Minister of Foreign Affairs and Trade Péter Szijjártó held an extraordinary press conference this morning at which he announced that he has summoned Hungaryʼs ambassador to the Netherlands home for consultations after Dutch Ambassador to Hungary Gajus Scheltema voiced strong criticisms of the Hungarian government in a newspaper interview.
As reported by online news portal index.hu, Szijjártó said that the step signifies a severing of diplomatic ties with the Netherlands for an indefinite period at the ambassadorial level, although contacts remain in place at the chargé dʼaffaires level. He added that the move is “one of the most radical steps in diplomacy.”
In an interview with weekly current affairs magazine 168 Óra, published in Hungarian online Thursday here, the Dutch ambassador - who is departing Budapest after four years and heading into retirement - appeared to liken the attitude of the Hungarian government to that of terrorists.
“Here is a group whose members are the losers of globalization, and for this reason they have turned to extremism and fanatical religiosity because it gives them a sense of security. They create enemies by the same principle as the Hungarian government,” he was quoted as saying.
Scheltema also described the Hungarian governmentʼs world view as “classically Marxist,” and suggested that “everything is black and white” in Hungary.
“Here only pro and contra positions are possible; you are either with us or against us,” he commented. “Everyone is constantly looking for an enemy [...] “...if someone doesnʼt agree with those in power, they are immediately seen as the enemy.”
Scheltema also touched on the subject of Hungarian-born financier and philanthropist George Soros, on whom the Hungarian government has expended enormous resources in recent months to fashion into Public Enemy No. 1.
“George Soros can be condemned for many things, and itʼs enough to think of his speculative transactions,” he began. “At the same time, he deserves respect for the gigantic sums he has invested in democracy and the building of civil society. For this reason, the Hungarian governmentʼs extraordinarily intense and aggressive attacks against him are, to put it mildly, strange to every foreigner.”
The ambassador also took issue in the interview with the governmentʼs attitude to refugees and migrants.
“As a first step, a distinction has to be made between refugees and economic migrants. But here the government regards everyone as a migrant, and no one as a refugee,” he said. “In an absurd manner, the Hungarian governmentʼs campaign [against migration] works because if the danger is far away, it appears much bigger,” he added.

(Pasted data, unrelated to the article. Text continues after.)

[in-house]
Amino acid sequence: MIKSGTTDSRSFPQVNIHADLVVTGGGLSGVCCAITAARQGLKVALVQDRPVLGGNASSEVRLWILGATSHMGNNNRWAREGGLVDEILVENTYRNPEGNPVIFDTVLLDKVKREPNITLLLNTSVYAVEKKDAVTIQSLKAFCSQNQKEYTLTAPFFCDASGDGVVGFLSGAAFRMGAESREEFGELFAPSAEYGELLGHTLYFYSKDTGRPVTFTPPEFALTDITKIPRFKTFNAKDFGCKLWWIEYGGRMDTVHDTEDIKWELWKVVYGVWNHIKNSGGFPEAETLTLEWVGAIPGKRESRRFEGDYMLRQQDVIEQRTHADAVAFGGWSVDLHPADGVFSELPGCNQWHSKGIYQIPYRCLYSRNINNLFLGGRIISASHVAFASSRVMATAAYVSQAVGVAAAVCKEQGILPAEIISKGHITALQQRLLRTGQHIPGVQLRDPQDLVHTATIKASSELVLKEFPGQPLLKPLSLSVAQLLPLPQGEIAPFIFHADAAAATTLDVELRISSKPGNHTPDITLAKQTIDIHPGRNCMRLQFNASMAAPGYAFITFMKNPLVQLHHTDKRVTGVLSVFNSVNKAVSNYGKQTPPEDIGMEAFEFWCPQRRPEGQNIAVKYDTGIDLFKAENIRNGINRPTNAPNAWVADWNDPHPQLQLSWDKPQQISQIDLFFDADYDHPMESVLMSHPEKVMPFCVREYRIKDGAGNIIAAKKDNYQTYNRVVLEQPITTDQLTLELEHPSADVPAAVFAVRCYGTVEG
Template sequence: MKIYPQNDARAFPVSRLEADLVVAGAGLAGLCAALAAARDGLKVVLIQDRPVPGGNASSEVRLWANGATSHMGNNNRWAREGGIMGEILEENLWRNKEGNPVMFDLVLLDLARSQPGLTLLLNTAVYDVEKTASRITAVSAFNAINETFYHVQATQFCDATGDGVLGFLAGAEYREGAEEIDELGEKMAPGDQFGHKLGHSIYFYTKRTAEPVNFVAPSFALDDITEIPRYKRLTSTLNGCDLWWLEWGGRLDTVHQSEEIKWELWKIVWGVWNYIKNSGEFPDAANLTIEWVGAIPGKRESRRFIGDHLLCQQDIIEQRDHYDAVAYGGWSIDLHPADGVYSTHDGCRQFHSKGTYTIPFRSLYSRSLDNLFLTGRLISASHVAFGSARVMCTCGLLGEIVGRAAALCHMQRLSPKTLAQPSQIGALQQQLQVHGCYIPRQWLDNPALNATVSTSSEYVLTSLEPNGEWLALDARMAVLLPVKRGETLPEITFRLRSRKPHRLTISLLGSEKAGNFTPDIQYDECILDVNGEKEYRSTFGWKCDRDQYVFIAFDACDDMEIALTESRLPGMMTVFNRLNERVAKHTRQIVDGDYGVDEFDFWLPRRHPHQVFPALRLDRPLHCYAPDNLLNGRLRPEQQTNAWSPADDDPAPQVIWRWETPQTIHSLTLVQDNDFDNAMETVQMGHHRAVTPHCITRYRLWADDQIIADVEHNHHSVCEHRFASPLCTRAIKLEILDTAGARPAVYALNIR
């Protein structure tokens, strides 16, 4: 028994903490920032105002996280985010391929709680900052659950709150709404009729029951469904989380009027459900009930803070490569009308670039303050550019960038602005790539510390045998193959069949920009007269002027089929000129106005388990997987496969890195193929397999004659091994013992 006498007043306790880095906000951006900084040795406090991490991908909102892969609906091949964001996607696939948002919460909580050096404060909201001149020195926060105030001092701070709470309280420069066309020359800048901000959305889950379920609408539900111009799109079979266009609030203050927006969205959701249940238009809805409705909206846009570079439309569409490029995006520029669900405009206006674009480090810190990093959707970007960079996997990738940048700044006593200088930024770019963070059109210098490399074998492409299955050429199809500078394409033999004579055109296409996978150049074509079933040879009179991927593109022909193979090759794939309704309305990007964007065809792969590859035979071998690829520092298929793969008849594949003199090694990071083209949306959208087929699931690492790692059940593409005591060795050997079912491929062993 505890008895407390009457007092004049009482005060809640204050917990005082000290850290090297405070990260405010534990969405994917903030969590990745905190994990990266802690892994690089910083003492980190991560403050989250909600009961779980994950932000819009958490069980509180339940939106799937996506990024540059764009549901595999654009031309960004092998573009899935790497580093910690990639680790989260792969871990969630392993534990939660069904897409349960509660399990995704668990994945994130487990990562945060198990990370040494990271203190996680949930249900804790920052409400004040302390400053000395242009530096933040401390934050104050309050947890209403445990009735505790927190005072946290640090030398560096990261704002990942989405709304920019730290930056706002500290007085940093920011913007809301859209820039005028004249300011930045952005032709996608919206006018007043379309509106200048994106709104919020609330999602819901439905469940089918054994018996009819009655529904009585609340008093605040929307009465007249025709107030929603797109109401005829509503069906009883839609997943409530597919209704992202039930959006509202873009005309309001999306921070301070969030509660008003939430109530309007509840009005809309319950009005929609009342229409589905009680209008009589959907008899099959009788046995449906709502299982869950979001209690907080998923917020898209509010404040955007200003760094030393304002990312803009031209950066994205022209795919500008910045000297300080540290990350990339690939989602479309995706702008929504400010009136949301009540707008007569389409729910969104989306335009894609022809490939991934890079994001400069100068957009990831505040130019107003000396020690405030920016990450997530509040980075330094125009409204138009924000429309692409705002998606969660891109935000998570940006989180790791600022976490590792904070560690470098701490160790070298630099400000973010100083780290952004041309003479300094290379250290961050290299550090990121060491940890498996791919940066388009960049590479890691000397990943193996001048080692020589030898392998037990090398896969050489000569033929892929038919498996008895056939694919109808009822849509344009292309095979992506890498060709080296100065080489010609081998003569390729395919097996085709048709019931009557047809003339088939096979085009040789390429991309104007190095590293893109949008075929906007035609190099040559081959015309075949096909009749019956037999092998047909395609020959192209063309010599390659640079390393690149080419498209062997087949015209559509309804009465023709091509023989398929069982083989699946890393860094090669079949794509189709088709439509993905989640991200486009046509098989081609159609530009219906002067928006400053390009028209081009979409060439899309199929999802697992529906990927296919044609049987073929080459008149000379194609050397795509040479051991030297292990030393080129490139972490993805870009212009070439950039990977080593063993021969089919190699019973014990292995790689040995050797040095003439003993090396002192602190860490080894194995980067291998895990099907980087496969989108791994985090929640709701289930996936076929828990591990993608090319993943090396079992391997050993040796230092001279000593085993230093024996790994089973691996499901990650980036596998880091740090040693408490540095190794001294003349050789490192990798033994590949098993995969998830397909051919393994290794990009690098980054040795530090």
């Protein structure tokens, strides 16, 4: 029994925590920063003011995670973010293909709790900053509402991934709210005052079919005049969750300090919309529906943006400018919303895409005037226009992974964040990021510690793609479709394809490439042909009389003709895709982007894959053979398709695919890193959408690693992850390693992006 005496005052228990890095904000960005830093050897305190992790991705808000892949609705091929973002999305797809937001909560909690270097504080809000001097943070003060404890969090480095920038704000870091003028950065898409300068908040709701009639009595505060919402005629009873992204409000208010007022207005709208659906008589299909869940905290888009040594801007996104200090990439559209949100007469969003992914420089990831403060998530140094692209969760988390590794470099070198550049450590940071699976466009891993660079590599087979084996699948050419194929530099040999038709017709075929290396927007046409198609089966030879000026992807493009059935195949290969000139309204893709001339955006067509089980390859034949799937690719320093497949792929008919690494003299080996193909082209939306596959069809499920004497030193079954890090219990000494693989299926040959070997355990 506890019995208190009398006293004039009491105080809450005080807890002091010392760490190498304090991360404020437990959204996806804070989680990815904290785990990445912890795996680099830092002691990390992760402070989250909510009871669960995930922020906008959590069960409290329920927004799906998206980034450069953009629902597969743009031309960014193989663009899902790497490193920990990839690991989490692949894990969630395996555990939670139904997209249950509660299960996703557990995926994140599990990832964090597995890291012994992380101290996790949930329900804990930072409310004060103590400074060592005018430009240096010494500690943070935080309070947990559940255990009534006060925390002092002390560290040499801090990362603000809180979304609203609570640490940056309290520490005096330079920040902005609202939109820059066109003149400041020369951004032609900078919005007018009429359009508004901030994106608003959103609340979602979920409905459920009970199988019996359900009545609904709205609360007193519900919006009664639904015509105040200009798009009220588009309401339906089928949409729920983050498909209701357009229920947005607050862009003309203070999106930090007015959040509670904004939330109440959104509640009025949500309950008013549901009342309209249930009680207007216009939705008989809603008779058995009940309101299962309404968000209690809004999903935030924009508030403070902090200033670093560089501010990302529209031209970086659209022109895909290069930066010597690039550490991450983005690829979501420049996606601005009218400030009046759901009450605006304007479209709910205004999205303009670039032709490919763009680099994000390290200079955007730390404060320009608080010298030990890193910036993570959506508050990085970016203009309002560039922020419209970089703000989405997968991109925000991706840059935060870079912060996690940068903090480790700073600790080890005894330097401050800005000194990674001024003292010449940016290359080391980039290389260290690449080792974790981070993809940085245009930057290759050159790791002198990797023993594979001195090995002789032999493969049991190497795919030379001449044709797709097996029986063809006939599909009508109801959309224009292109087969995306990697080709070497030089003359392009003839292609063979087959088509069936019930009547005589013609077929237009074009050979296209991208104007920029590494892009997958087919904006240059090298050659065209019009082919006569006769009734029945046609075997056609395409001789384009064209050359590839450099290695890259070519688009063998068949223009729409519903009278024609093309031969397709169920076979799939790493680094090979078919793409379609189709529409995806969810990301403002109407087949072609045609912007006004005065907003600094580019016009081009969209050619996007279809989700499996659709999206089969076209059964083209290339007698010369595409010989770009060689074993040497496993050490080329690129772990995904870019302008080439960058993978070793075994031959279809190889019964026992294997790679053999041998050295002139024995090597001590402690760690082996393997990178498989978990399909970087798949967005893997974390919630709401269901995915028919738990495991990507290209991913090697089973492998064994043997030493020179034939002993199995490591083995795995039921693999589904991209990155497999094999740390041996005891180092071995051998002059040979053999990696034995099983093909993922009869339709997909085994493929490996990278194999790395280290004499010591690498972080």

Scheltema also attacked the governmentʼs controversial anti-EU “Letʼs stop Brussels!” billboard campaign earlier this year, which triggered harsh criticism from other European Union states.
“There is no such thing as certain countries only profiting from the EUʼs money, but not being willing to contribute and help us in the challenges we face,” he said. “For the French and other ambassadors, the ʼLetʼs stop Brussels!ʼ poster is strange because it is attacking an organization which was created precisely to help your country among others. [...] All this is cheap propaganda. And most Hungarians know it.”
On Thursday, Szijjártóʼs initial reaction to the interview was to say “we hope he goes home quickly,” and that the ambassador would no longer be welcome at his ministry.
On Friday, the minister said the ambassador had made statements that show disdain for diplomatic customs, and “offend the dignity and sovereignty of Hungary.”
Szijjártó announced that, in addition to recalling Hungaryʼs ambassador from the Netherlands, he has directed Hungaryʼs temporary chargé dʼaffaires to personally reject the Dutch ambassadorʼs “slanders and unfounded pronouncements” at the Dutch foreign ministry on Monday, and to request an explanation. He argued that the interview was public, and thus requires a public explanation.
According to Szijjártó, to draw a parallel between the Hungarian government and terrorists is “an accusation that no one made even during the coarse debates of 2015, and amounts to sacrilege.”
“Hungary is not a punching bag,” he said. “A policy of submissiveness may have been customary in the past in Hungary, but it is no longer,” warning that “if the Dutch want to continue bilateral relations in this way, then we will carry on this way too.”
Szijjártó also warned that if the Netherlands does not issue an apology, then the Hungarian government will take further political and diplomatic measures.